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May 27, 2006

Dramatic fraud sentencing lead to big upward variance

While I have been thinking a a lot about the Enron sentencings, on Friday in California there was lower profile white-collar sentencing that produced a (record?) high sentence.  Here are some details from this Los Angeles Times story:

Orange County money manager James P. Lewis Jr. was sentenced Friday to 30 years in prison for swindling 1,600 investors of $156 million in a Ponzi scheme so calculated and long-running that the judge called it a "crime against humanity."  Lewis slumped back in his seat as U.S. District Judge Cormac Carney pronounced the maximum sentence, rejecting pleas by Lewis' lawyer that it would be "a death sentence for a 60-year-old." Lewis turns 60 next month.

Carney calculated that 19 1/2 years in prison would be the most under nonbinding federal sentencing guidelines.  But he said those rules "never contemplated this kind of case."  For nearly 20 years, the judge noted, Lewis solicited retirement funds from investors who now face the prospect of humiliation and poverty in their senior years. "Obviously, Mr. Lewis has robbed you of security, peace of mind and the pursuit of happiness," Carney said. He added that when Congress set 30 years as the maximum sentence for mail fraud, "I just can't believe they could have conceived of a worse case than this."

The judge's decision was handed down after a four-hour, 20-minute hearing in a packed Santa Ana courtroom filled with weeping testimony from victims and Lewis' family, as well as angry outbursts from some investors.  Asked by the judge to address the court, Lewis delivered a rambling speech that began with apologies to his victims, saying he was "full of sorrow, shame and deep remorse."... As the sentence was read, one of Lewis' daughters screamed and burst into tears while many of the 60 other spectators applauded....

Defense attorney Scott M. Schlegel said he would appeal the sentence, saying it was cruel and unusual punishment for a man of Lewis' age.... The judge praised Lewis for giving up his right to a trial, which he said could have overwhelmed the already devastated investors.  Lewis pleaded guilty in October to one count of mail fraud and one count of money laundering.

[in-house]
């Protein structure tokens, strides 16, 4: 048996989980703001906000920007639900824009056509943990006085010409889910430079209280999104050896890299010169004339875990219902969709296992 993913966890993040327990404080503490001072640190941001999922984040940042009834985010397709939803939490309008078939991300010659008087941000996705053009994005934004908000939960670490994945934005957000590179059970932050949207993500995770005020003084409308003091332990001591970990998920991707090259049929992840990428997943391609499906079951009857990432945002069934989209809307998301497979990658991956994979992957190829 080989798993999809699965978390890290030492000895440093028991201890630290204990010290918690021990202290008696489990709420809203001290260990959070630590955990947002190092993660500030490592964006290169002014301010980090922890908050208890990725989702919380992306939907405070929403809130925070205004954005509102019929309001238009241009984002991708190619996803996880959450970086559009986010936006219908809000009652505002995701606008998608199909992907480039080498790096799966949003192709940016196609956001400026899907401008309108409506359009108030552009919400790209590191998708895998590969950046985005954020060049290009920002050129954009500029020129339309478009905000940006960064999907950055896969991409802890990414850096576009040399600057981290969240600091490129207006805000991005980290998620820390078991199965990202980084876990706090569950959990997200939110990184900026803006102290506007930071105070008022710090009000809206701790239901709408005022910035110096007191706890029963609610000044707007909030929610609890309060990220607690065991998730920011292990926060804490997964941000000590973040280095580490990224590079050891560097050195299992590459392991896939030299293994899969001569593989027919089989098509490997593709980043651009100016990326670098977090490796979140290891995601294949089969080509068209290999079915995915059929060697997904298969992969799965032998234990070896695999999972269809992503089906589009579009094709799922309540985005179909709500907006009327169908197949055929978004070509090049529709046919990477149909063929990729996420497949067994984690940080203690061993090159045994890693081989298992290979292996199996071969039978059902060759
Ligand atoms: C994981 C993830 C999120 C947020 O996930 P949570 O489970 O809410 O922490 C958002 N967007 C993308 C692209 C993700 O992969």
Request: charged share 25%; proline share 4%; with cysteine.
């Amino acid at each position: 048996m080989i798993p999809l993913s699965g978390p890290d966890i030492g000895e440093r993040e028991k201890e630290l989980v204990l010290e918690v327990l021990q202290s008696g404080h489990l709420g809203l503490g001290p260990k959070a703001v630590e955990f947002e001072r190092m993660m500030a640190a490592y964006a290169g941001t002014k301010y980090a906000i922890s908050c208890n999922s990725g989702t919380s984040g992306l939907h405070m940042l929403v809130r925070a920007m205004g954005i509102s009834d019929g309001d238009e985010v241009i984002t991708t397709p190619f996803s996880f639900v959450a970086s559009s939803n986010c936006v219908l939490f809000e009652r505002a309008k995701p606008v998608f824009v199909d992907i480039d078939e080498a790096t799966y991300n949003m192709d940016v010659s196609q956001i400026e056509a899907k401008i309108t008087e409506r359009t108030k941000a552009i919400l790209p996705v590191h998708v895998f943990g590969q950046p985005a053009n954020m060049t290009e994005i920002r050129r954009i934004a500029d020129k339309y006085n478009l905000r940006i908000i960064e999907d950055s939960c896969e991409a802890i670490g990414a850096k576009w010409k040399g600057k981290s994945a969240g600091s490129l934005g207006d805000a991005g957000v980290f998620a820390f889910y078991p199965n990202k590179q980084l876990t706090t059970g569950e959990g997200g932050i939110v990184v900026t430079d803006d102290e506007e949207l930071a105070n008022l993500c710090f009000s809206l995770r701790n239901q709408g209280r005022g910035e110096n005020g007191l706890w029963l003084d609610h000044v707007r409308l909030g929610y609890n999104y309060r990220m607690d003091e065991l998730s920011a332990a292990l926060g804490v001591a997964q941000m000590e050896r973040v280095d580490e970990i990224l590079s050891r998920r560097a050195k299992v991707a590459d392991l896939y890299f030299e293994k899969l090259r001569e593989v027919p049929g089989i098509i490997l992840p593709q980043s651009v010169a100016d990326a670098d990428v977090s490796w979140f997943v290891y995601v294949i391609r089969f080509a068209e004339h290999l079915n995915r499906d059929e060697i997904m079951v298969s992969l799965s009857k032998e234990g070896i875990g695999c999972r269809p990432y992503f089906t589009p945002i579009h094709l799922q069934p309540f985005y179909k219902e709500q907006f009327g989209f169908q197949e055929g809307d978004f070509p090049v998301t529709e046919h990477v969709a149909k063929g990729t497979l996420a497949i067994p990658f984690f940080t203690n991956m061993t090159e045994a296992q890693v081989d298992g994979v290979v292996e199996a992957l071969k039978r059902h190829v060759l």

I am pretty confident that, even in the Ninth Circuit, this long sentence will not be declared unconstitutionally cruel and unusual.  A closer question, however, might be whether this upward variance from the guideline range to the statutory maximum might be deemed unreasonable.  The fact the defendant pleaded guilty, but still got a max sentence that was more than 10 years longer than the guidelines recommended, might provide a basis for claiming unreasonableness.

May 27, 2006 at 07:57 AM | Permalink


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Reading of late about genocide and 'crimes against humanity' in international criminal law, I was appalled the judge would label this an instance of the latter. Such rhetorical intemperance is not appropriate for a judge at any level. Lewis' age, remorse and apology, the fact that he gave up his right to a jury trial and pled guilty, as well as the fact that some money has been recovered and there's a good chance that yet more will be so as well, would seem to suggest the sentence here was rather unreasonable. I trust the judge was not himself a Mormon (would that have been a reason to recuse himself?)....

Incidentally, I'm impressed at how quickly you posted this: before I picked up my copy of the Times at 5:30 am PST!

Posted by: Patrick S. O'Donnell | May 27, 2006 9:26:35 AM

You must be one of Lewis' relatives because you sure aren't one of his victims. The a$$hole stole $156 Million dollars from the elderly. He also stole their hopes and dreams. The judge did the right thing. There is justice in America.

ps, can't wait until Bubba gets a hold of him in prison!! Then we'll see how sorry he is!!

Posted by: Ice | May 28, 2006 11:57:43 PM

Do people get that this man literally stole people's lives by stealing what they devoted their time to - the only thing we really own? His victims gave up time with their families and friends. They gave up pleasures big and small. All to save for their families and elder years. His victims worked and contributed to society. Now many must ask for charity themselves. This was a 20 year, well thought out theft of people's lives. The misery he has caused is incalcuable. 30 years is too short.

Posted by: Dolores Cordell | Dec 22, 2006 4:13:13 PM

I'm the brother of Dolores Cordell, and I
feel the same loss as many others in this
trial as I also had a family member steal
my security of old age, as I'm now 80, and
had a son in law borrow money on my home
so he and my daughter would be here to help
me in my old age, if I became infirmed. Now
that daughter and son in law have left town,
and I'm stuggling to survive being swindled o
out of about $350,000. I retired with every
thing paid off when I was 66. But a wife
who got involved in using Meth was abusing me
and I could have been killed when she was on
one of her drugged out days.
I don't have any other family to lean on in
the area of Lancaster, CA so welcomed my
Daughter and her family to be near me, but
that was with the stipulation that I let
them borrow on my paid for home, for his
business. I'm sure many have fallen for this
problem to have help in our later years.
Fortunately I have no illness's at present,
and I'm running for President of the United
States for 2008 to save this nation from
being turned over to the United Nations New
World Order. We have treason in our government
and we must close our borders and protect this
nations sovereignty or else.

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